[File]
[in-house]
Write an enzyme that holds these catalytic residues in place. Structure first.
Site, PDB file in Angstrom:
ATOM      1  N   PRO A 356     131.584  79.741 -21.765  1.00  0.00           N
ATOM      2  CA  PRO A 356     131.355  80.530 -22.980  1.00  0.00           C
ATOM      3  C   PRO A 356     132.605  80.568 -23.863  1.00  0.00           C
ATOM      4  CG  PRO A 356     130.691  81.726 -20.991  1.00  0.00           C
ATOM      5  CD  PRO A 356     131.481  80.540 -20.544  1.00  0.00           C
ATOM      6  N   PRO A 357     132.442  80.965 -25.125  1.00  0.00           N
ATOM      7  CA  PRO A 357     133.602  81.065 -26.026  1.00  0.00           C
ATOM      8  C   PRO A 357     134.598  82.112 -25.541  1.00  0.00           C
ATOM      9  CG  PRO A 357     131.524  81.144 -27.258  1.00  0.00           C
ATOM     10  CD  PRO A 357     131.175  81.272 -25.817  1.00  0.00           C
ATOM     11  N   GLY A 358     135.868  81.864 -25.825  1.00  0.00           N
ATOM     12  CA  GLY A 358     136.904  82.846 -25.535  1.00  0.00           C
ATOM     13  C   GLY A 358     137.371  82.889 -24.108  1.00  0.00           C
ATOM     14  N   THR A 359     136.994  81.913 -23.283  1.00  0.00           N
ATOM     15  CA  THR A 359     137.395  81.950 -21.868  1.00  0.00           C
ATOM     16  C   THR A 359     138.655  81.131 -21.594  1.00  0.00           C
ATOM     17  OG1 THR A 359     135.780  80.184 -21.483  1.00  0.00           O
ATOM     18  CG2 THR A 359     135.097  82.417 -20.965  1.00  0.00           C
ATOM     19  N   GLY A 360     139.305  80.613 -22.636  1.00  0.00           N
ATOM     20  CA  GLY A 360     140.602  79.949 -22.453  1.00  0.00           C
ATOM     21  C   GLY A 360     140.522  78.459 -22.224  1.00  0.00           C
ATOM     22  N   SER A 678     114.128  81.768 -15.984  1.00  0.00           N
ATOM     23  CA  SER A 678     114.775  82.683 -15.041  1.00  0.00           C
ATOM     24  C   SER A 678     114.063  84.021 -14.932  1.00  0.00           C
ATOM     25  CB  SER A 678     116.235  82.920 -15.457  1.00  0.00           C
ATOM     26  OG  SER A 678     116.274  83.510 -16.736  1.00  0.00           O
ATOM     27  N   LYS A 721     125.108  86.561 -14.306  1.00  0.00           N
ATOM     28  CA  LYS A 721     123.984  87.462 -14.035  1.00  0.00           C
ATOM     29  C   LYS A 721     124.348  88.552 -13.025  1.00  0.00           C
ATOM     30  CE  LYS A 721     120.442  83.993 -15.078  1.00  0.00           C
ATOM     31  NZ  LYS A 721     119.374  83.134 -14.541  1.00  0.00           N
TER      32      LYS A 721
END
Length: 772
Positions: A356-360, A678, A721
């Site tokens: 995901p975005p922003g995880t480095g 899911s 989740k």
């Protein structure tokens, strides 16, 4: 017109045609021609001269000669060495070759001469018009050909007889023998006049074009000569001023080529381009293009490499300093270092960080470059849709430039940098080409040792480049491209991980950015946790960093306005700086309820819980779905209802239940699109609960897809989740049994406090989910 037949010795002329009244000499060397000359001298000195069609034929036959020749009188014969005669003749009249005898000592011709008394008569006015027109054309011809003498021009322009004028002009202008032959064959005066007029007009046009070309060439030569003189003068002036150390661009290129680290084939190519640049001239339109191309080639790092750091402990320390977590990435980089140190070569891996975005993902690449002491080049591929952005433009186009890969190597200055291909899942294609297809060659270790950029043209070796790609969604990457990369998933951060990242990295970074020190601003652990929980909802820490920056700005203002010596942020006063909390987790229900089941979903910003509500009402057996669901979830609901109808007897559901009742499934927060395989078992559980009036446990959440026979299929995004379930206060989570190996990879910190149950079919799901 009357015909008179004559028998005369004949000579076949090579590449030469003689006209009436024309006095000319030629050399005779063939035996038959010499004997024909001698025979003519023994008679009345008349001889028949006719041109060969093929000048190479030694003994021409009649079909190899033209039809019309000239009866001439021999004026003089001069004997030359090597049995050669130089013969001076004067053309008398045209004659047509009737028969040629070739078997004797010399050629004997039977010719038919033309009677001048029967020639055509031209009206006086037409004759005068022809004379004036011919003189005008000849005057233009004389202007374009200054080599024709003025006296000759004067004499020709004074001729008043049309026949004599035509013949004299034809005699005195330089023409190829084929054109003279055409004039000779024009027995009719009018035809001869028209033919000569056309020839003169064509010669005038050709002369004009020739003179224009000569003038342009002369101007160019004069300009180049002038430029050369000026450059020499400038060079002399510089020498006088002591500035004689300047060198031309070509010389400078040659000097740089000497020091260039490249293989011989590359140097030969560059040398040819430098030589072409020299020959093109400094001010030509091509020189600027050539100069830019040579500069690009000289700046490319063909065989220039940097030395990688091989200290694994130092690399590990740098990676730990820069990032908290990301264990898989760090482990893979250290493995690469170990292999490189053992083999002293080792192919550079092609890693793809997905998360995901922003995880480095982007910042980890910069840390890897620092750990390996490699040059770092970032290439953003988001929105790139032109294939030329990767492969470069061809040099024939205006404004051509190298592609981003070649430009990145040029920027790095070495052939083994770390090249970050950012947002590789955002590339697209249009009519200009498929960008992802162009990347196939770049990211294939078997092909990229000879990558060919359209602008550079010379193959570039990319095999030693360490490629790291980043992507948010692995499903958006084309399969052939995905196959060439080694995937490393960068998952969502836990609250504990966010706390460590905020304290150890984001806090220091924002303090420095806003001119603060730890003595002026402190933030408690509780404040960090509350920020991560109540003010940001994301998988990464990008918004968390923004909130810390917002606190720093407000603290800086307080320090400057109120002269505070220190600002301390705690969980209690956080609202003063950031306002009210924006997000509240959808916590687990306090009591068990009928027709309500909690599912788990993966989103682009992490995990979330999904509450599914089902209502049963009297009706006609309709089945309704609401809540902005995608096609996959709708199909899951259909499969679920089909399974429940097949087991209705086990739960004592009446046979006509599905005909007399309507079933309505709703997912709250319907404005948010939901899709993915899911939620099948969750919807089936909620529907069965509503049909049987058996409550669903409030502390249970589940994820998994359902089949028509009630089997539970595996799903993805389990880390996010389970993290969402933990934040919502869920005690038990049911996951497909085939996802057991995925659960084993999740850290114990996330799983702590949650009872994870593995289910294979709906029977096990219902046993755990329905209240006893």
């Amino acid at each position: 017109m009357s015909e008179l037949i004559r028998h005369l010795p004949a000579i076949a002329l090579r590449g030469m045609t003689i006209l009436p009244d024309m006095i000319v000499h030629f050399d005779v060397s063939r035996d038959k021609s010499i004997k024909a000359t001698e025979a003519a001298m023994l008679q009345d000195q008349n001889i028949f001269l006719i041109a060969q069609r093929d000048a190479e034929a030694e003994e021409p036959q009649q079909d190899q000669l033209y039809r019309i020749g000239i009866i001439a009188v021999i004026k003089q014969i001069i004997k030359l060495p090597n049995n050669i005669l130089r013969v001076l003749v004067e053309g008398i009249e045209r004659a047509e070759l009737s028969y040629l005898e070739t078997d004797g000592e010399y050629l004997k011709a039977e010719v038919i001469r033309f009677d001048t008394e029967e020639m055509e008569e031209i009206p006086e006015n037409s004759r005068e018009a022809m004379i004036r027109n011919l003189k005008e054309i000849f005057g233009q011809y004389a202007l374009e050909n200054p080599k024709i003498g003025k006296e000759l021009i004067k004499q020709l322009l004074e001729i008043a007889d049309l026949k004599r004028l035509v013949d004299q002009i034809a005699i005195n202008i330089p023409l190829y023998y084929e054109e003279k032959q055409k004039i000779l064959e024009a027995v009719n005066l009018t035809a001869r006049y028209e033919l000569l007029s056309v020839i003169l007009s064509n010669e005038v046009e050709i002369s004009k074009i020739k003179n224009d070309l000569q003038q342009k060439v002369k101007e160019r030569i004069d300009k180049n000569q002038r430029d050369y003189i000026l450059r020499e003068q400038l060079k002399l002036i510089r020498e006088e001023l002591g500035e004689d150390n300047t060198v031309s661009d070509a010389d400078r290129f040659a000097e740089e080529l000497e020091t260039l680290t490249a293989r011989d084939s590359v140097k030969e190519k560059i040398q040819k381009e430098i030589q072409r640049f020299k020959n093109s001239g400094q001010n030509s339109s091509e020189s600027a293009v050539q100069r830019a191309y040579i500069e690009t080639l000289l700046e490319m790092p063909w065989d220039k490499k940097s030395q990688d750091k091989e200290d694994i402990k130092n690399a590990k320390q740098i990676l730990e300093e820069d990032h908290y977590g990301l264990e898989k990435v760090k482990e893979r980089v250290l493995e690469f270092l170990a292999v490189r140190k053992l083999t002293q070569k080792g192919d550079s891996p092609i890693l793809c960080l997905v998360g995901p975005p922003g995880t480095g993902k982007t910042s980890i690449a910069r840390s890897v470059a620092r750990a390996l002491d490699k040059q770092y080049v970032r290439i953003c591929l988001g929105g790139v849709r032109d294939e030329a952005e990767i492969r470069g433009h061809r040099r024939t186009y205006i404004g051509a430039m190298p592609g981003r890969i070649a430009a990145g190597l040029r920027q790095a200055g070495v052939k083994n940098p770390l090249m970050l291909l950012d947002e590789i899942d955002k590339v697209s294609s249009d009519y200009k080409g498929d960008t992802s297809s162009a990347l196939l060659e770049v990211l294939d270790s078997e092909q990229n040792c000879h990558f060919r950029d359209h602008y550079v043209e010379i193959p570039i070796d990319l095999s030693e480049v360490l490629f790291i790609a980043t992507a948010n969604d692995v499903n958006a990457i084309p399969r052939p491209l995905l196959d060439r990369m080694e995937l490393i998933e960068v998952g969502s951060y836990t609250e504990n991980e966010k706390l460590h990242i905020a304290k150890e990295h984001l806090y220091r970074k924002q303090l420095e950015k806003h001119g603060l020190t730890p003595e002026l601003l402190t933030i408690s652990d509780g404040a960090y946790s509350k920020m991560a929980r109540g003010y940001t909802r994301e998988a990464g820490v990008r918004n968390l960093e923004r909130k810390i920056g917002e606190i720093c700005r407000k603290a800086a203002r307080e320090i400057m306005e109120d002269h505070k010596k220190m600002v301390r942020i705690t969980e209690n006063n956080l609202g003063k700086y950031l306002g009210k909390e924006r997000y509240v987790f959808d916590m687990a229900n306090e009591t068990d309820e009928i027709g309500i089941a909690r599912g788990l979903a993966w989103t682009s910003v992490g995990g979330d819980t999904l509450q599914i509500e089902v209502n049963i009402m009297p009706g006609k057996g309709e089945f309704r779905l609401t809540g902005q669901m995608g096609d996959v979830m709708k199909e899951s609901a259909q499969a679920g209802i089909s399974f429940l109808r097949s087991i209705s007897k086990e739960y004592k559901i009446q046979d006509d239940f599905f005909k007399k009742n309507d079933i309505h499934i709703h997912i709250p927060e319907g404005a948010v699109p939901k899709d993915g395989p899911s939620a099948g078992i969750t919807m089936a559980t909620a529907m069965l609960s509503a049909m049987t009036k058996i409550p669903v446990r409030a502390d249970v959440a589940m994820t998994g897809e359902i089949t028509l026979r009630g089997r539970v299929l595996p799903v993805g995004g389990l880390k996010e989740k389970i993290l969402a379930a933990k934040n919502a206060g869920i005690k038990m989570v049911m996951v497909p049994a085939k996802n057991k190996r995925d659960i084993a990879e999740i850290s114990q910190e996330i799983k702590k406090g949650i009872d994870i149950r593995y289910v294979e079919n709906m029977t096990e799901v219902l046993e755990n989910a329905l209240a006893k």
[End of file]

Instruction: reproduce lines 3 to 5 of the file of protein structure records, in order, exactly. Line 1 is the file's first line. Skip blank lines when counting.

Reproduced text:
Site, PDB file in Angstrom:
ATOM      1  N   PRO A 356     131.584  79.741 -21.765  1.00  0.00           N
ATOM      2  CA  PRO A 356     131.355  80.530 -22.980  1.00  0.00           C